Based on the 1992 novel by Scottish author Alasdair Gray, Poor Things is the new movie by Greek director Yorgos Lanthimos. The black-comic horror film, with a retro-futurist or steampunk Victorian setting, won the Golden Lion award at the Venice International Film Festival in 2023.

US actor Emma Stone, who also featured in Lanthimos’ Oscar-nominated movie The Favourite, stars as Bella Baxter, a Glaswegian woman who is revived from an attempted suicide by a scientist, Dr. Godwin Baxter, played by Willem Defoe. She then goes on a sex-fuelled quest for equality and liberation, which takes her around Europe, to Northern Africa and Central Asia. The cast also includes comedians Ramy Youssef and Jerrod Carmichael, plus actors Margaret Qualley and Mark Ruffalo. 

Poor Things


Filmed in Lanthimos’s signature absurdist style, the movie features strange hybrid animals and extravagant costumes and hairpieces. It was filmed in London and Budapest in Hungary, where advanced production industries exist. There, the crew built sets of all the locations of the film.  

In a press conference at the festival, the director spoke of his decision to bring Gray’s novel to the screen twelve years after he originally planned to do so. Australian playwright Tony McNamara wrote the screenplay. Gray’s book, illustrated by the late author, is full of plot twists and literary tricks, with diversions from reality into fiction, before the story has even begun. It also includes found materials, including fragments of images from Gray’s Anatomy, not the TV series, of course, but the classic reference book of human anatomy written by Henry Gray, illustrated by Henry Vandyke Carter, and first published in London in 1858. Lanthimos began by talking about the way the novel was adapted for the screen. 

Yorgos Lanthimos (Greek accent): We had to change the structure, elements that were more novelistic. There’s [are] some parts of the novel which are almost like an essay and more political about specific themes that Alasdair Gray was interested in. But early on we decided that it was going to be her story, her point of view. That’s what drew me immediately to the material, like this character, unlike any other character that I’ve read, this mind that can start free without any shame, prejudice, just experience the world in [on] her own terms. We felt that this is [was] the line that we need to follow to make this into a film. Also the humour in the film, the tone of the film, many of the characters… a lot of it, and a lot of the essence of the novel is there.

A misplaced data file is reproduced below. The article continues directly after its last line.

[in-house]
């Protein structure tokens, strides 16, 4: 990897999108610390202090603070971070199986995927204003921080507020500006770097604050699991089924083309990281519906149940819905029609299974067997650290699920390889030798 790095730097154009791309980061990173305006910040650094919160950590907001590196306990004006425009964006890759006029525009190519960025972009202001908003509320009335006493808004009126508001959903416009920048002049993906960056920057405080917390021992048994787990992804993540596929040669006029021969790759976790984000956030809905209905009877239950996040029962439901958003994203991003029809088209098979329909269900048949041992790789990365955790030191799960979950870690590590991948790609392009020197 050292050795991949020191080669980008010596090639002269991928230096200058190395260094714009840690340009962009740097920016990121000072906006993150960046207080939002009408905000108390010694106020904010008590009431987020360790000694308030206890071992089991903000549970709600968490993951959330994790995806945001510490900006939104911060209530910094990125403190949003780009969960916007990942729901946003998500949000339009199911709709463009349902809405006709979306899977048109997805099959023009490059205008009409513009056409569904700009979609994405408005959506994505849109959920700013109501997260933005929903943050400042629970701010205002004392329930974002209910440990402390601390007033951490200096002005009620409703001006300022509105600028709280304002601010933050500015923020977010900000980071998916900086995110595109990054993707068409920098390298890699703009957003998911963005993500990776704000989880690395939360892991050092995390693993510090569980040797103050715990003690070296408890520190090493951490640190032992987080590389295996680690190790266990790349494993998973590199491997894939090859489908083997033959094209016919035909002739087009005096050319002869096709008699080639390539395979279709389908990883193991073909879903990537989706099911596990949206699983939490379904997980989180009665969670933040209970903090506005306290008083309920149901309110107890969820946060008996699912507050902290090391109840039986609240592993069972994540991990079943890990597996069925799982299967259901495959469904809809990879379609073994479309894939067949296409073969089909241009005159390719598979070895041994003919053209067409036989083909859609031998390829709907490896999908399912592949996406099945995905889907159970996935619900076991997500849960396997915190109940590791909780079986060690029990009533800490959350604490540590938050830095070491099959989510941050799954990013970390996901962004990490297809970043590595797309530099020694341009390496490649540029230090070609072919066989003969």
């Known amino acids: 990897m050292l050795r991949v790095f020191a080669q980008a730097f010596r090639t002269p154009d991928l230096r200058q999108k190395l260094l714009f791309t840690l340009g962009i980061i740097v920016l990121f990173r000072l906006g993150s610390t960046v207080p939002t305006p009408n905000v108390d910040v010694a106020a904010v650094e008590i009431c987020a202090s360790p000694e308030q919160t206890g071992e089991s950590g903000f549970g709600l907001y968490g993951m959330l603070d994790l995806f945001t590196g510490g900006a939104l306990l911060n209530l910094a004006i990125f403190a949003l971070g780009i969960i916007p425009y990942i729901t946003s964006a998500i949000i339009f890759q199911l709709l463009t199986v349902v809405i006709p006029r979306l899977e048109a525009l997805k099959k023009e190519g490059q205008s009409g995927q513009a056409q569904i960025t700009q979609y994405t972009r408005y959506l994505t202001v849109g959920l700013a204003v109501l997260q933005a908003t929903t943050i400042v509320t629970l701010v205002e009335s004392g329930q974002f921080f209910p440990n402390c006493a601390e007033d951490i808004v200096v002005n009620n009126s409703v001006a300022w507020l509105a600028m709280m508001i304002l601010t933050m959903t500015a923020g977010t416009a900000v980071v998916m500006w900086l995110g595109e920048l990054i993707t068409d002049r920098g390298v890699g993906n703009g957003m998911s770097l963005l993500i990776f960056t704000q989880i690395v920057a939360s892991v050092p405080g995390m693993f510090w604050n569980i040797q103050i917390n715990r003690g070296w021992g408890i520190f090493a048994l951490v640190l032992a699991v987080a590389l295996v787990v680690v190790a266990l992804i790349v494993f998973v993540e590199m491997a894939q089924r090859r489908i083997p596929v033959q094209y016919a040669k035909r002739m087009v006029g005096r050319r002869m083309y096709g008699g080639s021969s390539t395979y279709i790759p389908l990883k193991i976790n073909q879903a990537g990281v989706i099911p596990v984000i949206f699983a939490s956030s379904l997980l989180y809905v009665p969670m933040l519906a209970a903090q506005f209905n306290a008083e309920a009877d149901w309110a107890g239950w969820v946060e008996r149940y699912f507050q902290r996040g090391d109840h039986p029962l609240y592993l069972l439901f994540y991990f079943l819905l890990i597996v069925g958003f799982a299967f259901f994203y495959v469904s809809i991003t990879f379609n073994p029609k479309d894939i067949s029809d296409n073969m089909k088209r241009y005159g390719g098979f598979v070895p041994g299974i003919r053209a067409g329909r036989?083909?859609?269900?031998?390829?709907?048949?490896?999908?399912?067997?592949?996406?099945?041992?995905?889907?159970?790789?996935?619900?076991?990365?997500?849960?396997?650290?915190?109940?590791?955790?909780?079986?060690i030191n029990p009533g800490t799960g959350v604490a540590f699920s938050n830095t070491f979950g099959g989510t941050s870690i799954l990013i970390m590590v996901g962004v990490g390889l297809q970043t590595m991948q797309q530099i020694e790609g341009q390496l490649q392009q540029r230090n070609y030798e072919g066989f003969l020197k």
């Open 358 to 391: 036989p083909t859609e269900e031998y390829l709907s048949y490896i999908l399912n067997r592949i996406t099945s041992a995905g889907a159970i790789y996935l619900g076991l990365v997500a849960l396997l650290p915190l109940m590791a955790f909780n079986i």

The book was written in the 1990s, the standards of which are applied to the Victorian era. Lanthimos was asked if anything has changed in society since it was published.

Yorgos Lanthimos: It feels extremely contemporary. Speaking about freedom and the way we think and the way we perceive the world, the position of women in society or, you know, men as well, the relationship between men and women… That’s still, you know,  ery contemporary. Things have changed slightly, we have new tools to identify things. The book was written in the 90s, so it’s funny that not much has changed since then.


Emma Stone plays Bella Baxter. She talks about her character in the film, which she also produced.

Emma Stone (American accent): I am playing Bella Baxter in the film. She is understanding what it is to be a member of society. The more autonomous she becomes, the more challenged men seem to be by it. Bella’s sexuality, it’s an incredibly important part of the story. The human experience is fascinating to her. Sex is a major part of that. I wanted to play Bella because it felt like acceptance of what it is to be a woman, to be free, to be scared and brave.


Bella’s sexuality plays an important role in her evolution as a character. Lanthimos talked about how the intimate environments of the novel were recreated on an open film set.

Yorgos Lanthimos: First of all, it was an intrinsic part of the novel itself: her freedom about everything including sexuality. And secondly it was very important for me to not make a film which was going to be prude [prudish], because that would be completely betraying the main characters. Although we were working on big studios and [on] sets that we built and there was a lot of crew and lights, we still managed to maintain the same kind of atmosphere that we had on location with natural light, by lighting the sets as much as we could from the outside, from windows. That created a very comfortable, intimate environment.


However, an intimacy coordinator was hired, as is now standard in the movie industry, to help actors feel more comfortable with the sex scenes. 

Yorgos Lanthimos: I  have to credit our intimacy coordinator. In the beginning this profession felt a little threatening, I think, to most filmmakers! But, it’s like everything, if you work with a good person you realise that you actually need them. So she made everything so much easier for everyone. Her personality is great for that kind of thing that she does! So she made everyone feel very comfortable.